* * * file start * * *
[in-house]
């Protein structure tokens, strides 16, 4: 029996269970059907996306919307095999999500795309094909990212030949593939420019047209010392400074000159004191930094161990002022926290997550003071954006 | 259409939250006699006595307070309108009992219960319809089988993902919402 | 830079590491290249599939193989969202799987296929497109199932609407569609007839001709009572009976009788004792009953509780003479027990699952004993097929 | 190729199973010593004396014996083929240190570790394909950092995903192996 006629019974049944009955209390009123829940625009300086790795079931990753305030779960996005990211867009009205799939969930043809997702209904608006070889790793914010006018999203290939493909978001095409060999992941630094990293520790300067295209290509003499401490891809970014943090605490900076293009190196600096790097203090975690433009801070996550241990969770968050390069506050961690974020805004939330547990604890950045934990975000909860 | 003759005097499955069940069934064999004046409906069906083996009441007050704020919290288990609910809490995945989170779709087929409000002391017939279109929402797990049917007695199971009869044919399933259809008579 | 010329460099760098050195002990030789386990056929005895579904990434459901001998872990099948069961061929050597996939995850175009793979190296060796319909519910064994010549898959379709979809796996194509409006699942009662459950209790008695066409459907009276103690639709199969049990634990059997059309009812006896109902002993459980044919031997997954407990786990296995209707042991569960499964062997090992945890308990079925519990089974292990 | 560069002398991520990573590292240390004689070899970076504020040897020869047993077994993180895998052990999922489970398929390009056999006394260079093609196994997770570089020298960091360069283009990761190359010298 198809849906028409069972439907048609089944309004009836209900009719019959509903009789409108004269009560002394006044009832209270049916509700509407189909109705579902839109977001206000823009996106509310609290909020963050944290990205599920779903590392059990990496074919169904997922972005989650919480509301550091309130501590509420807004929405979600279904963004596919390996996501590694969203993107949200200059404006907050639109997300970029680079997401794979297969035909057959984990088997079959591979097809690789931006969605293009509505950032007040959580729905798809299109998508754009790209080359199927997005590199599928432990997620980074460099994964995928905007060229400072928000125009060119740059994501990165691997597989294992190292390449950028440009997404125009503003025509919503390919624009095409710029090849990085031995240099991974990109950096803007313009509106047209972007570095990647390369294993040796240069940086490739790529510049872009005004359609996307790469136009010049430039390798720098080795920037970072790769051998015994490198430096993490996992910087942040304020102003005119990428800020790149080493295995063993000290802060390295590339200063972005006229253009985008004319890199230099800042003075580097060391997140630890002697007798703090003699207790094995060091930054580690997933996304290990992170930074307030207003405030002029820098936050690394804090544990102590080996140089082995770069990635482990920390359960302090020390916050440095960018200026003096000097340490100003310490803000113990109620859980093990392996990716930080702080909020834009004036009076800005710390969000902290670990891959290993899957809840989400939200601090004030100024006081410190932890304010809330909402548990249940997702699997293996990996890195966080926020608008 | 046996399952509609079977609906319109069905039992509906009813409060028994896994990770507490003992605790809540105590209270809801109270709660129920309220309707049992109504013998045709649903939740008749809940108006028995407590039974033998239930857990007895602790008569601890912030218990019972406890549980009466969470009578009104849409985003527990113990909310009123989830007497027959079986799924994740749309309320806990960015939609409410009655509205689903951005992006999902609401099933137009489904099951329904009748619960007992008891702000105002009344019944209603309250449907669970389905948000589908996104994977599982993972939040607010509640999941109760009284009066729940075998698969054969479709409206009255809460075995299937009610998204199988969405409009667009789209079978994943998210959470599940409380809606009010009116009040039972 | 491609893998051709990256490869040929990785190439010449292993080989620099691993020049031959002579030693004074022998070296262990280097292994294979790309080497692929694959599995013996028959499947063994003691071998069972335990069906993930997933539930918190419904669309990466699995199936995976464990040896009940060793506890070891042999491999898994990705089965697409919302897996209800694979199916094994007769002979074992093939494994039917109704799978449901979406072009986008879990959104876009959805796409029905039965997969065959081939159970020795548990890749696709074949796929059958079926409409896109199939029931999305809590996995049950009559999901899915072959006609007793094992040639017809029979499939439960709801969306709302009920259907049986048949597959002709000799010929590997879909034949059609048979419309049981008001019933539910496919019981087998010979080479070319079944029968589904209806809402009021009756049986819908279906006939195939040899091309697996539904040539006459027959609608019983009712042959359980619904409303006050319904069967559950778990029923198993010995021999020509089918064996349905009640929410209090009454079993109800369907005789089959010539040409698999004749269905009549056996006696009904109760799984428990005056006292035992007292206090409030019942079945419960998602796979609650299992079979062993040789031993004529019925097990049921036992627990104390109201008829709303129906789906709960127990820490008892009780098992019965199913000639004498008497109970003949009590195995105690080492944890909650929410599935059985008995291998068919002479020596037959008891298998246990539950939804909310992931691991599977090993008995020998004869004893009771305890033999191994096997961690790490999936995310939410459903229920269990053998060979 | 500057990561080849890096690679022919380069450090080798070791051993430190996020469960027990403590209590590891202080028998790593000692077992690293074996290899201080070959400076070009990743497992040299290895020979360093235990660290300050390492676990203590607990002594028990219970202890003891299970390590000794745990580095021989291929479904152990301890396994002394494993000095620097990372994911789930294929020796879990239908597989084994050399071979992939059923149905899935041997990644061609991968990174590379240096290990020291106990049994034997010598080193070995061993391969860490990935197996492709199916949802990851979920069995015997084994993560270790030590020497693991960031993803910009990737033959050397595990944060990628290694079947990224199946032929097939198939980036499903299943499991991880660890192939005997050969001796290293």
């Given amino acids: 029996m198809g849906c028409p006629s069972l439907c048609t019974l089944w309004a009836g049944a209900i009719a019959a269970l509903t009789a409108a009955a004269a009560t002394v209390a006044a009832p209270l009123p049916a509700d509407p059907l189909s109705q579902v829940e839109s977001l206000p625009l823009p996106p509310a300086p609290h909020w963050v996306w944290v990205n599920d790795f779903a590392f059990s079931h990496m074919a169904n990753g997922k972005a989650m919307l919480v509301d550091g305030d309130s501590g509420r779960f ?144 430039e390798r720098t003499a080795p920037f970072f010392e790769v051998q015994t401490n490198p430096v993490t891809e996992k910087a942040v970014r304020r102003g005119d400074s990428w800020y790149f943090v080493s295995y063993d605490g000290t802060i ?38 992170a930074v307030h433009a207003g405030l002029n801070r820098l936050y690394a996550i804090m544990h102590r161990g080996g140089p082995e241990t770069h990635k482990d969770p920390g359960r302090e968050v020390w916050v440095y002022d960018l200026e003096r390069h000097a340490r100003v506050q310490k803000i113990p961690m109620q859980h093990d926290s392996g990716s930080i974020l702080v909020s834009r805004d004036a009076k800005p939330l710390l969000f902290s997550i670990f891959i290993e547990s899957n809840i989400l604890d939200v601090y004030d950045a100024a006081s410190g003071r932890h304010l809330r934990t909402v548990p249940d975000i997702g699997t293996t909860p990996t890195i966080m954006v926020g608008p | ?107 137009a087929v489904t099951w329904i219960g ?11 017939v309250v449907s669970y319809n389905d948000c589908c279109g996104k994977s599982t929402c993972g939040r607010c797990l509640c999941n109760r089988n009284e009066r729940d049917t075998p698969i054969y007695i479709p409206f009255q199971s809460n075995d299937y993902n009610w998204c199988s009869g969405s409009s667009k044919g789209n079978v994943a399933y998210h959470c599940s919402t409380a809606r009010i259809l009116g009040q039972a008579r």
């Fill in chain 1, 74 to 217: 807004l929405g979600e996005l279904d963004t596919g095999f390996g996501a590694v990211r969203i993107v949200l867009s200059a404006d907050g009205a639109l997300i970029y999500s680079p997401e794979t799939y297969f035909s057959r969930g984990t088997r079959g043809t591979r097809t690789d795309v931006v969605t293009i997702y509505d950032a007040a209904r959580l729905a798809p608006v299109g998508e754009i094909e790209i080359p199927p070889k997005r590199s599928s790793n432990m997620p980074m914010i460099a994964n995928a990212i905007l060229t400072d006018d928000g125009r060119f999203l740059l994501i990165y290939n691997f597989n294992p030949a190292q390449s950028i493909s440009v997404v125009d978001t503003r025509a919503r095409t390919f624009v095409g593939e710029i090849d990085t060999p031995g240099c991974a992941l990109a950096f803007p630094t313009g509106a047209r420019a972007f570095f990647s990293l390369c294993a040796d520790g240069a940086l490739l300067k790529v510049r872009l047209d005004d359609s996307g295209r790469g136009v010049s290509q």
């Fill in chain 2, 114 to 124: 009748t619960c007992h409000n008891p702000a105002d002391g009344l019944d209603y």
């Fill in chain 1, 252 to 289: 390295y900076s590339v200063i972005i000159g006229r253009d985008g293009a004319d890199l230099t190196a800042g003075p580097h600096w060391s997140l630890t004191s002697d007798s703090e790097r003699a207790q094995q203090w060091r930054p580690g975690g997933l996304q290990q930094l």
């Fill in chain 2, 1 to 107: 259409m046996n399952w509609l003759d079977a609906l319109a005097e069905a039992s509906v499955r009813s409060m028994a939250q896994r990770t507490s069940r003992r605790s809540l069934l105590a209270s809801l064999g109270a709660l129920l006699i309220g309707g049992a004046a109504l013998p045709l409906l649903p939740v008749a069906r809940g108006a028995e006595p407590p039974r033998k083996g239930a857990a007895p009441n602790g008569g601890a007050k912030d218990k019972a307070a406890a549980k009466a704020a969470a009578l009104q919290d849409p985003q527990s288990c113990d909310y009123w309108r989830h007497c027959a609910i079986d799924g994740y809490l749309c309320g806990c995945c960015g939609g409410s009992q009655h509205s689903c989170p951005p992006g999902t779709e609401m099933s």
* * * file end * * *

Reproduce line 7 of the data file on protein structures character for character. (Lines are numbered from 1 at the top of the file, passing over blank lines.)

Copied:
């Fill in chain 2, 1 to 107: 259409m046996n399952w509609l003759d079977a609906l319109a005097e069905a039992s509906v499955r009813s409060m028994a939250q896994r990770t507490s069940r003992r605790s809540l069934l105590a209270s809801l064999g109270a709660l129920l006699i309220g309707g049992a004046a109504l013998p045709l409906l649903p939740v008749a069906r809940g108006a028995e006595p407590p039974r033998k083996g239930a857990a007895p009441n602790g008569g601890a007050k912030d218990k019972a307070a406890a549980k009466a704020a969470a009578l009104q919290d849409p985003q527990s288990c113990d909310y009123w309108r989830h007497c027959a609910i079986d799924g994740y809490l749309c309320g806990c995945c960015g939609g409410s009992q009655h509205s689903c989170p951005p992006g999902t779709e609401m099933s």